As herbal medicine progresses back to its former position of popularity, there is an increasing inclination on the part of the media to do “herbal exposés” that tend to be deceptive, sensationalist, and sometimes irrational.
Fortunately, as you venture deeper into your study of the subject, you will be able to distinguish these hype pieces from informative journalism.
One that rears its ugly head every now and then is the myth that: “If a herb has the power to heal, then it can harm.” Technically, this is probably true as almost every natural healing system has an adage akin to “The dose makes the poison.”
But as herbalist Robyn Landis (1997) explains, it’s important to recognize that this is true of all drugs and all foods as well as herbs. It is not especially true of herbs. To the contrary, herbs are much more difficult to misuse than drugs because of the synergy of all the ingredients they contain.
Landis also explains that:
“Doctors and scientists often assume that any active substance must have side effects, because their experience is with drugs, and drugs by their very nature will have side effects. Indeed, any rational decision regarding whether to use a drug begins with the acknowledgement that there will be side effects, and weighs that unavoidable cost against the potential benefits of the drug. But the activity of a whole plant, with all its compounds intact, simply is not comparable to the action of a single concentrated compound.”
As herbalist Michael Moore puts it:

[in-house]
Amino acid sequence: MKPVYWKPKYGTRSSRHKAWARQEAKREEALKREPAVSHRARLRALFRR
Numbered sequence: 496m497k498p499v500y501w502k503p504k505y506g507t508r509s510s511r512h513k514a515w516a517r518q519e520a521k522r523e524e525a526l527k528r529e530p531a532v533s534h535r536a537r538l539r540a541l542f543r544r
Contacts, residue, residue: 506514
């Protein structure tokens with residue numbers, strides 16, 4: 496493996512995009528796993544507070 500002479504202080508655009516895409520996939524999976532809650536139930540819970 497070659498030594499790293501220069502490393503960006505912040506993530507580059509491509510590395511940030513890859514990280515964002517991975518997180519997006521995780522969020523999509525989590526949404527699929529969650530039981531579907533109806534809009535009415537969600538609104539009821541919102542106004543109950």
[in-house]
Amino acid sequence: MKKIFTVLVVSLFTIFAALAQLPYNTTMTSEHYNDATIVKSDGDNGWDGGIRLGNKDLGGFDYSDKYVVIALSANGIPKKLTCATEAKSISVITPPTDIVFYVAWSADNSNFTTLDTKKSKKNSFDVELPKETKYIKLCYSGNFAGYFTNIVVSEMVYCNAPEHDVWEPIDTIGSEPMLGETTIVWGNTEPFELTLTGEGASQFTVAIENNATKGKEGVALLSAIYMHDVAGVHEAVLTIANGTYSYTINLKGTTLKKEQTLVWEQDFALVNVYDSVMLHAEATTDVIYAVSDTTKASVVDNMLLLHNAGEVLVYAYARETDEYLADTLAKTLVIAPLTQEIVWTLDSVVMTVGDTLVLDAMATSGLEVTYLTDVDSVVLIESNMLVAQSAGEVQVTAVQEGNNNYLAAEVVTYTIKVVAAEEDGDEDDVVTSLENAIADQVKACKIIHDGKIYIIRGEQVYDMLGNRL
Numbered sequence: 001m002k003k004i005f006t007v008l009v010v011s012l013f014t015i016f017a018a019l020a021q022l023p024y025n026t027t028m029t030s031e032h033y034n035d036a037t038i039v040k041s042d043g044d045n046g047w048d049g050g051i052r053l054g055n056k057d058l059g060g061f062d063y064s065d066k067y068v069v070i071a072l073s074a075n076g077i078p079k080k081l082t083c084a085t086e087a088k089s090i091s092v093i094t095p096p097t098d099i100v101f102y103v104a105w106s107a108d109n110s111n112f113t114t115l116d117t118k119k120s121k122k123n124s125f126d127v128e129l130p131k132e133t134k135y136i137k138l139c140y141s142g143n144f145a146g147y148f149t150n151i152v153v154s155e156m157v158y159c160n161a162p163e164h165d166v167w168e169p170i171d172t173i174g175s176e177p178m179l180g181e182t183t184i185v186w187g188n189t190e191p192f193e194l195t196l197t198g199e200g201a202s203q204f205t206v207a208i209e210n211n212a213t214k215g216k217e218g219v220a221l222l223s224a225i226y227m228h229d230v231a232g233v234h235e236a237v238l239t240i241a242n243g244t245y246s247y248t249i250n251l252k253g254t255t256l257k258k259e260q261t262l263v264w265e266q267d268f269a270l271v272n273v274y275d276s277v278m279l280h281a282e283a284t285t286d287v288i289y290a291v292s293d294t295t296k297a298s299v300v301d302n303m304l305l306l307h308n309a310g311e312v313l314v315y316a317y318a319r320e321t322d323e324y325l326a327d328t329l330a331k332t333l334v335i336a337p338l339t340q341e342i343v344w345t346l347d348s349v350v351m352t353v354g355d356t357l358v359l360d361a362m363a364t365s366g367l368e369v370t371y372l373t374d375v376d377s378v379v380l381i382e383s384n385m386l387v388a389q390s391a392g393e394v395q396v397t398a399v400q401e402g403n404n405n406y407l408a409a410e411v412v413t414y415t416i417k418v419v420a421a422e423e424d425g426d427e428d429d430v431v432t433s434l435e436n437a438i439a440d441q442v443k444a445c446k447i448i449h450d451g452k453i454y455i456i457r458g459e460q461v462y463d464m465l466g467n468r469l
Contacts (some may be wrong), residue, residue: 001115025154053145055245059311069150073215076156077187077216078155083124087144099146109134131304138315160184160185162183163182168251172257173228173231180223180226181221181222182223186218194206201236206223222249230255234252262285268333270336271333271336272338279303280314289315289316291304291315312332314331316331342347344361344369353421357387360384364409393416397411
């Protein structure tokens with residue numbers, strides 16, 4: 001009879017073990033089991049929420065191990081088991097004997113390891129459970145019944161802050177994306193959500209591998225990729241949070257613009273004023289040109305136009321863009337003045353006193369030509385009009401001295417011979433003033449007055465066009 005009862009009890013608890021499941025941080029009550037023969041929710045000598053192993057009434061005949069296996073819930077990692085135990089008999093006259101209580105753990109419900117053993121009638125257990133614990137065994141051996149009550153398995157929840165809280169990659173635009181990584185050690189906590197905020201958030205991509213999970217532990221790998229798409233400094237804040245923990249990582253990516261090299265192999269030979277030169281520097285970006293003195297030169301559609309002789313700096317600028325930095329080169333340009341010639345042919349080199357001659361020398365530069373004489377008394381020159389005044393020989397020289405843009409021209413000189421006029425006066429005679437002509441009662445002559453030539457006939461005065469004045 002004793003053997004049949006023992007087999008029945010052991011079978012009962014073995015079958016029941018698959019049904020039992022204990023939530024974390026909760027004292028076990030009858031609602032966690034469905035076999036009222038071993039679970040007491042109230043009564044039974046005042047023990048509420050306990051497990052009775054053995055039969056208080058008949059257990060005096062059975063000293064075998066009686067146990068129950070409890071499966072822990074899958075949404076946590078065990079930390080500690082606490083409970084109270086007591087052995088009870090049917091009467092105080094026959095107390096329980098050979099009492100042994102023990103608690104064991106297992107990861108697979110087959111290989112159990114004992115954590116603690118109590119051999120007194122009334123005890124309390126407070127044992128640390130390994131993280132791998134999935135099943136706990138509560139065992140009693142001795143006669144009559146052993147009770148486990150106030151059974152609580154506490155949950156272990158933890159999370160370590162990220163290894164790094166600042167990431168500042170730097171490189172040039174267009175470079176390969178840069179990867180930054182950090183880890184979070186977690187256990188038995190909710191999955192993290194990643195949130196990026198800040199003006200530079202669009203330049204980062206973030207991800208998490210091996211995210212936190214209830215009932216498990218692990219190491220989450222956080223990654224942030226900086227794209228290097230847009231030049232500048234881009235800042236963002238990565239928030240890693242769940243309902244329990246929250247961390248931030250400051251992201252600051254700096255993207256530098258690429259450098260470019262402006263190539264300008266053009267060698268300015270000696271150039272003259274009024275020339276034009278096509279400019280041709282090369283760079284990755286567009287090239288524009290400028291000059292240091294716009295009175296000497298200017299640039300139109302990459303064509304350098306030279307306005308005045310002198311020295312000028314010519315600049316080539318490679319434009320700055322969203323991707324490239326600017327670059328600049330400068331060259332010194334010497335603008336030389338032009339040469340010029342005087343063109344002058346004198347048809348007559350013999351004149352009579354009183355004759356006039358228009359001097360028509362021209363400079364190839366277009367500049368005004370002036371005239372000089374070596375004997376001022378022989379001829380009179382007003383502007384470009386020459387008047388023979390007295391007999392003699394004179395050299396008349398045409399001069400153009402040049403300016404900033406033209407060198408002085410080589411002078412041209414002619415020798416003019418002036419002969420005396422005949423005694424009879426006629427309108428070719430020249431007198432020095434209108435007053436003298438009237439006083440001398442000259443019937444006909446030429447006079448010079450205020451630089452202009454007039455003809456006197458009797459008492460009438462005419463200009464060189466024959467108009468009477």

“A physician’s biochemical tools are drugs. By extension, docs may rightly presume that any agent capable of promoting change probably has similar potential for side effects…”
Ironically, the expectation of side effects for drugs is such a given that side effects can come to be seen as a necessary sign of value, a warped sort of status symbol says Landis. Thus a corollary myth is: “If a herb doesn’t have the power to harm, then it can’t heal.”
Observes herbalist Moore: “Carried to an irrational extreme, some medical folks feel that anything without potential side effects is quackery. This, of course, leaves any alternative approach in a Catch-22 bind.”
A good case in point can be found in the realm of preventative medicine. It is a phenomenon herbalist Robyn Landis coined the “no-result” result:
“One of the ironies of taking good care of yourself in [herbal medicine] is what I call the “no-result” result. We are not accustomed to measuring our success by what doesn’t happen. We want to see something take place, even if it means being very ill and getting heroically “cured”. A shift in thinking is in order here: No news is good news. There are countless all-too-common health catastrophes whose absence in your life will confirm your success.”
Take a few minutes to think about the above. Does a “no-result” result make sense to you? Write down your thoughts and feelings or leave a comment below.